Stories And Memory Pictures From The Past
by Bertha Mae Howald Benham
My Mother Helen Louise Whitfield Howald was born in 1909 on a farm in Macoupin County, Illinois. She was the last of nine living children. Chubby, freckled and sandy-haired, she was spoiled and ignored at the same time. She arrived at a great transition time in my maternal Grandparents' life. Sons and daughters leaving home, other life styles and work opportunities. Tractors instead of horses, cars instead of buggies, but itinerate peddlers and country schools still were a big part of American life and the farm was the center or heart of it.
In the summer, Great-Grandma Mary Elizabeth Wood Coffee LeMay, Mother's maternal Grandmother, came to spend several weeks on the farm. She slept upstairs over the kitchen. Mother shared her bed and helped Great-Grandma fill the coal oil cans the bedstead stood in.
Because Grandma Clara Olive Coffee Whitfield had such a reputation as a good cook, all the Watkins men and pan and skillet menders arrived at her doorstep in time for supper and an overnight stay. After they left, all the bedding was washed and the springs wiped down with coal oil and the bedstead refilled with coal oil. Bed bugs often traveled along with the peddlers and Grandma Clara liked to believe she had never refused anyone a good meal and never had a bedbug. My Mother's childhood memories are mine. It's as if I lived them, too.
Grandpa James Lincoln Whitfield is always a background person in his daughters' stories. Stern, reading his paper, making Mother sit on a chair, because she'd been too noisy, 'til he said she could get up. A person who embarrassed one of his daughters-in-law when he called her biscuits "gun wads".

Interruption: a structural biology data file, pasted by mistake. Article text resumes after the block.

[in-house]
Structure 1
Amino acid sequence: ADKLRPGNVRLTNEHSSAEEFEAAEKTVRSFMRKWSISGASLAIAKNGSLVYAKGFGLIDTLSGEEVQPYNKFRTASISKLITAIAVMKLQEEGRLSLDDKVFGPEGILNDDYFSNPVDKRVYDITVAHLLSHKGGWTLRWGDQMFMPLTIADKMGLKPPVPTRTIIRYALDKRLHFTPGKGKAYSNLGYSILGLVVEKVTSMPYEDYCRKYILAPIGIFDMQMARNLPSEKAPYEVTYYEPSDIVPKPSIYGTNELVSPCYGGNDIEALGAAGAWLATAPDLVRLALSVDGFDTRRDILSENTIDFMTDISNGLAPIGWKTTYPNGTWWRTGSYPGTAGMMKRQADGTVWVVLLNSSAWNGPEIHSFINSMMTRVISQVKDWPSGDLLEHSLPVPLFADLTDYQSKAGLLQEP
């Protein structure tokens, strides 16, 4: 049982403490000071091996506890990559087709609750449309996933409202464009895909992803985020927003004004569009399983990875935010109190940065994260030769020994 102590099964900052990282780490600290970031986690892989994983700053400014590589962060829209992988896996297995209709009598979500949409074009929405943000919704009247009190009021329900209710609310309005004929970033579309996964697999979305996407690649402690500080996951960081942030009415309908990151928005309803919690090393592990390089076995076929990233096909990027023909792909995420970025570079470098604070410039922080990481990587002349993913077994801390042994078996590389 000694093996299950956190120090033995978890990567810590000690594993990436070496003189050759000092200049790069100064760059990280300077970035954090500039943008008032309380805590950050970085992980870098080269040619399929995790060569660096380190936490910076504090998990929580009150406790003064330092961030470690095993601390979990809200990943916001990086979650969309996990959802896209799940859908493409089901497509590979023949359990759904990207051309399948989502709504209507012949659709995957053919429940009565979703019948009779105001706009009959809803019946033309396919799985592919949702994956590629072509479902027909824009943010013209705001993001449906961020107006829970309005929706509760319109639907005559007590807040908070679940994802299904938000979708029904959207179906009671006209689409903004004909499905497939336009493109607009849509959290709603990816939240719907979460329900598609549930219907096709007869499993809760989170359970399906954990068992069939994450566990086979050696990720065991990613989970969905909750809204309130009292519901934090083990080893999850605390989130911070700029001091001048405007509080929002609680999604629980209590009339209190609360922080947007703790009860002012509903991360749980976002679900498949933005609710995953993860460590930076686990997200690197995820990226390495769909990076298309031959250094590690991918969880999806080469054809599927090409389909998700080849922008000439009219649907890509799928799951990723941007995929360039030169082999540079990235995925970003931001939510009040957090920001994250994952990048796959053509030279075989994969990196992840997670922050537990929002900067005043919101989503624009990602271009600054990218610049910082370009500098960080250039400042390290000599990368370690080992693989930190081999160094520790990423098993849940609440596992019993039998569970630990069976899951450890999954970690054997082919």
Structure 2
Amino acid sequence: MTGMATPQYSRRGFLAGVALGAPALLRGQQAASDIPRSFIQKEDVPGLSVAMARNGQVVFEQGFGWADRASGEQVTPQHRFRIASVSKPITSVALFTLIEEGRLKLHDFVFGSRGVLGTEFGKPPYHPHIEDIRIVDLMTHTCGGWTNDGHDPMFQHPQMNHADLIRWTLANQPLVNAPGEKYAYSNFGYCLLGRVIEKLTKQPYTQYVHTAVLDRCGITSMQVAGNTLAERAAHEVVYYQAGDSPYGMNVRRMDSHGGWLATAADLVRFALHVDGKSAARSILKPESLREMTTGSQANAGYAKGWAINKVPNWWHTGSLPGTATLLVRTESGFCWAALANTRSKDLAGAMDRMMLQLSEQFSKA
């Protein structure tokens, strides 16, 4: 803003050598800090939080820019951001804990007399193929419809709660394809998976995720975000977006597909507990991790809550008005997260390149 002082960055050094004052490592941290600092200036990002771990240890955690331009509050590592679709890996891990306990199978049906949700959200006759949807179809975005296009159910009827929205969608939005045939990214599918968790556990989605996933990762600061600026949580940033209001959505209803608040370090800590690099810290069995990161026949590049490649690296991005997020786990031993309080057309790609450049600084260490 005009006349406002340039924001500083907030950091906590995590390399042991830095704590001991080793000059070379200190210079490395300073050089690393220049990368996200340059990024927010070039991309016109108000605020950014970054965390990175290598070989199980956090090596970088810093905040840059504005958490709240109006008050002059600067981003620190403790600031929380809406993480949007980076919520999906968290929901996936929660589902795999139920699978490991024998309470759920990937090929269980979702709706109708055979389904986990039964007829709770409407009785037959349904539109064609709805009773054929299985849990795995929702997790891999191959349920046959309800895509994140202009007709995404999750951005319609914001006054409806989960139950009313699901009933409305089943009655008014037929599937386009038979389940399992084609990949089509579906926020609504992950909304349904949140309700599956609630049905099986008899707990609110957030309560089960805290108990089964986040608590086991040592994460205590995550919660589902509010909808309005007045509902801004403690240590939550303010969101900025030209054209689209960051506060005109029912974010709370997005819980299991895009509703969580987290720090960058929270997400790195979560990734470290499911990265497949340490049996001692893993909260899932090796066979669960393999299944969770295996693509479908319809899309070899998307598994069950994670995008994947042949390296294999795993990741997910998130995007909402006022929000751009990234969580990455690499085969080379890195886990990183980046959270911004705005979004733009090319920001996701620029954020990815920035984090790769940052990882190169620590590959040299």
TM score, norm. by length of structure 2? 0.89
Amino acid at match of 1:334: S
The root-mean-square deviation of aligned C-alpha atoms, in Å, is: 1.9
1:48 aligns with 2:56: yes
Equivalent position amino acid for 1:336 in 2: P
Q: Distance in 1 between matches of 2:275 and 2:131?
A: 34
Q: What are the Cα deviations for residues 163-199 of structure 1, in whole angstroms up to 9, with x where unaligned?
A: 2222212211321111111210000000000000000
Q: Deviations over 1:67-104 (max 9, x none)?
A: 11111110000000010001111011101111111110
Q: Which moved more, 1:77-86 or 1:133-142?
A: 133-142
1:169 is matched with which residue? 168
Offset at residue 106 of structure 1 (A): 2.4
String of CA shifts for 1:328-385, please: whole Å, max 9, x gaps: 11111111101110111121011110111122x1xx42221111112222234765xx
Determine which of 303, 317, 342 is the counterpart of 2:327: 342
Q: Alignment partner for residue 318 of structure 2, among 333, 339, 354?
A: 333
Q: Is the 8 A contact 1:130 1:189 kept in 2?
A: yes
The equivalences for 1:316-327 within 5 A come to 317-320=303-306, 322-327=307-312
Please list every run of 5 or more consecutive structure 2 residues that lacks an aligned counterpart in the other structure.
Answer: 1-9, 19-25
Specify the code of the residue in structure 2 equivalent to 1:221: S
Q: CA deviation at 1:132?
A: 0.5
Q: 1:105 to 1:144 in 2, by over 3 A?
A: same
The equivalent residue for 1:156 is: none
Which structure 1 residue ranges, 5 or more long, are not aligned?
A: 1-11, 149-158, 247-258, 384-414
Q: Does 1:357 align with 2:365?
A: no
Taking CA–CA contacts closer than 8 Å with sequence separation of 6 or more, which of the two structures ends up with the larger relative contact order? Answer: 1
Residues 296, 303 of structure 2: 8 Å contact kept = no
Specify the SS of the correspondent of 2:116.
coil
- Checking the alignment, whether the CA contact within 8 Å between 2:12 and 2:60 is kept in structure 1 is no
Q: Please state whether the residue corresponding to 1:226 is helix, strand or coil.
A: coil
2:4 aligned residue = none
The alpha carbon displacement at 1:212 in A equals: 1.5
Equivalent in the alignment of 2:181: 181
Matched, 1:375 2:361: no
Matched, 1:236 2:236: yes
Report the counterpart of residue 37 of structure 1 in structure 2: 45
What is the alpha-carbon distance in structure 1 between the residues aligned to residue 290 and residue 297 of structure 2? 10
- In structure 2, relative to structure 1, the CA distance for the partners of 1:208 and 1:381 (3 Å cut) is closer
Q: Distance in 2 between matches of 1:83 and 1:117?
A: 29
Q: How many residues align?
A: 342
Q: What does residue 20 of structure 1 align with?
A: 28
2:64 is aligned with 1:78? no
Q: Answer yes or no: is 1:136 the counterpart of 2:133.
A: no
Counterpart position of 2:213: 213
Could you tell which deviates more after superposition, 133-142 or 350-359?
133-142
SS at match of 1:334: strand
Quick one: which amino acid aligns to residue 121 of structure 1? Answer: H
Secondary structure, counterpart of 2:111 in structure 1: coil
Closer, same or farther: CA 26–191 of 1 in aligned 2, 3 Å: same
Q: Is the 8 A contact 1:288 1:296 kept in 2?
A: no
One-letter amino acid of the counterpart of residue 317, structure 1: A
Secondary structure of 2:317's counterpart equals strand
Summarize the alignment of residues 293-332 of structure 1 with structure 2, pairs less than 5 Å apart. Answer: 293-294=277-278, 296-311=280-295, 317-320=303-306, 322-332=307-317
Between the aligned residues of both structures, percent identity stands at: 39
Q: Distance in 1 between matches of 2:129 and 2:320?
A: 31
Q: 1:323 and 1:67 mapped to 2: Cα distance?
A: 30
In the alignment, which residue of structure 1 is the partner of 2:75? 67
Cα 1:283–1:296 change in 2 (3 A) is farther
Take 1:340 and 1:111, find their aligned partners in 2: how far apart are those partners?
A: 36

In summer, a huge garden was planted and weeded by Grandma and daughters. Canning in the summer kitchen, interspersed with washing and ironing clothes and sewing filled the day. Giant meals were prepared and served, carried back and forth from the kitchen to the dining room by slim daughters. Company all the time. A favorite story is one of a cousin who would eat 'til all was finished, then rear back in his chair, lock his fingers across his stomach and say, "Clara, I've had a killing sufficiency!"
When summer storms moved over the Illinois prairie, Helen and Dorothy (Dorthea Alice Whitfield Link) would grab an old rug and run for the barrel stave hammock strung between the big elm trees. They'd jump into the hammock and pull the rug over their heads while the lightning and thunder and finally the rain washed over the orchard, the yard and finally away over the fields and pasture. What did that rug look like? Was it braided from pieces of long ago coats and dresses, pieces of papa's barn coat, a bit of Grandma Clara's favorite apron? Did it smell of kittens, the old dog, wet chicken feathers, hot bread? Or just two little girls swinging in the wind.